At the Digiday Retail Summit, taking place this week in Austin, Texas, retail executives came together to hash out the most daunting challenges facing their businesses: the massive amounts of data they’re collecting and what to do with it, changing consumer behavior, an inability of internal structures allowing them to move quickly, and the small problem of Amazon taking over, well, everything.
“The world is changing. Consumers are changing,” said Brian Kavanagh, the senior director of retail experience at The Hershey Co., during a presentation on Feb. 21. “We have to throw the old playbook out and listen to our shoppers.”
We gathered the best overheard moments from candid conversations about working with platforms, struggling with internal silos and dealing with a ton of data that in some cases can be misleading.
Breaking down barriers
“The biggest thing we’re struggling with internally is how to be partners and not competitors with people in our company. It’s crazy how territorial people can get when we’re dealing with new products and technology that didn’t exist when our departments were created. We need to work together, not against each other.”
“The amount of micromanaging my team experiences is insane. There’s no way to flesh out strategies on our own.”
“We’ve been working to move our brand into the digital realm, which means we’re in flux, which means there’s a ton of miscommunication and internal breakdowns. You’re basically in a car and trying to fix it at the same time — it’s fast but slow. To me, the biggest problem is that leadership roles act as if they’re in a vacuum. The ideas can come from anywhere if you listen.”
“They say change comes from the top down, but what are you supposed to do when the top isn’t driving any change?”
“As a legacy brand, it’s really hard to remain relevant with all of these newcomers in the space and a customer that no longer cares about legacy. For me, the most frustrating part is watching the executive leadership carry on based on some delusion that’s so far off from where the customer actually is.”
“Working for an apparel brand and coming from CPG is like going 20 years into the past. I can’t believe how slow we move.”
Navigating platform relationships
“It’s not inexpensive to produce the content in all the different formats we produce it, so the fact that we’re investing this much into platforms like Facebook and Instagram and getting nothing in return is incredibly tough.”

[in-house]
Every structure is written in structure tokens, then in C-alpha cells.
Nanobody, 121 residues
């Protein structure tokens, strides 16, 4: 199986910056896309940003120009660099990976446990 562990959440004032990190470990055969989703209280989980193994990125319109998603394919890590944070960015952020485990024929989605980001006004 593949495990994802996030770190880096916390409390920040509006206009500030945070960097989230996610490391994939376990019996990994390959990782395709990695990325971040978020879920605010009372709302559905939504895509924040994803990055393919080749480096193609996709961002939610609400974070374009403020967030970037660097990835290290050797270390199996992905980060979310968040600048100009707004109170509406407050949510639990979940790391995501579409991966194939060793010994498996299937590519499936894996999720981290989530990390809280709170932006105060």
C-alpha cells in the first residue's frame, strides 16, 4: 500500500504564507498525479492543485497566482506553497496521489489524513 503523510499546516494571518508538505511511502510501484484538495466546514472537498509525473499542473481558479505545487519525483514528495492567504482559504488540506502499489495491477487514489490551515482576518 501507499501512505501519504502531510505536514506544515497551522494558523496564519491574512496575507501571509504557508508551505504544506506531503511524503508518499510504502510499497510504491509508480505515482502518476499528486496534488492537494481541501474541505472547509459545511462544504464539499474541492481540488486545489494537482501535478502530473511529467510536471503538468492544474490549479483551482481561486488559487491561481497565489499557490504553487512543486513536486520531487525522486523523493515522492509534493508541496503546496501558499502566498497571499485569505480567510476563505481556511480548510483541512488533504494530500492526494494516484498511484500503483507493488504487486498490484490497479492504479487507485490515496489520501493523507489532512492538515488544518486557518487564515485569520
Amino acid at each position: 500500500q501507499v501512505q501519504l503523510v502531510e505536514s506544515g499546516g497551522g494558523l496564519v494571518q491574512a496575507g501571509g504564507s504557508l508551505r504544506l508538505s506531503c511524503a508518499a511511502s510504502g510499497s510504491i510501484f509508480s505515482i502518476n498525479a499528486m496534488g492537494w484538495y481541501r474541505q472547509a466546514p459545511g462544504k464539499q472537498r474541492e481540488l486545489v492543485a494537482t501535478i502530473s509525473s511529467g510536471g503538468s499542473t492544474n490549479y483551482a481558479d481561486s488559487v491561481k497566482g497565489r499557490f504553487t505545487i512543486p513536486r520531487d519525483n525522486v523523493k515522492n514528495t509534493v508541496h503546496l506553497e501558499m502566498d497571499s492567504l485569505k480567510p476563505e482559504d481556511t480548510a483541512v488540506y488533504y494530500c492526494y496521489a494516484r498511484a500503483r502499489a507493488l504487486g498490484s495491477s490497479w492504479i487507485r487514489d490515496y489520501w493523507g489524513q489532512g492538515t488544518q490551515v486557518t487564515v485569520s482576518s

“We’ve been able to track actual conversion to YouTube. It will give you the data; Facebook doesn’t. Comparing the video experience on YouTube to Facebook is like comparing apples to oranges.”
“Our customers now know to research directly on YouTube when there’s something they’re interested in buying. Not Facebook, not Instagram, not Pinterest.”
“The medium matters. You have to be everywhere, but it feels like Facebook and Instagram actively block attribution.”
The data problem
“Data can be so overwhelming, to the point you’re scrutinizing individual data points trying to get meaning out of it where there is no actual meaning. Then, you’re paralyzed.”
“Does data matter? What is the data that matters? If an executive can’t answer those questions, they’re not a good executive.”
“The ‘so what’ question is huge. So much data is really just fun to know. So how do you differentiate between what’s color and what’s a key foundation for a business strategy?”
“To me, the scariest part is the potential consequences. People always say, ‘just look at the data,’ and never acknowledge that data can be really misleading. If you interpret it wrong or follow the wrong lead, you’re getting further away from who you are and who your customer is. We can’t really afford to muddy something like that.”
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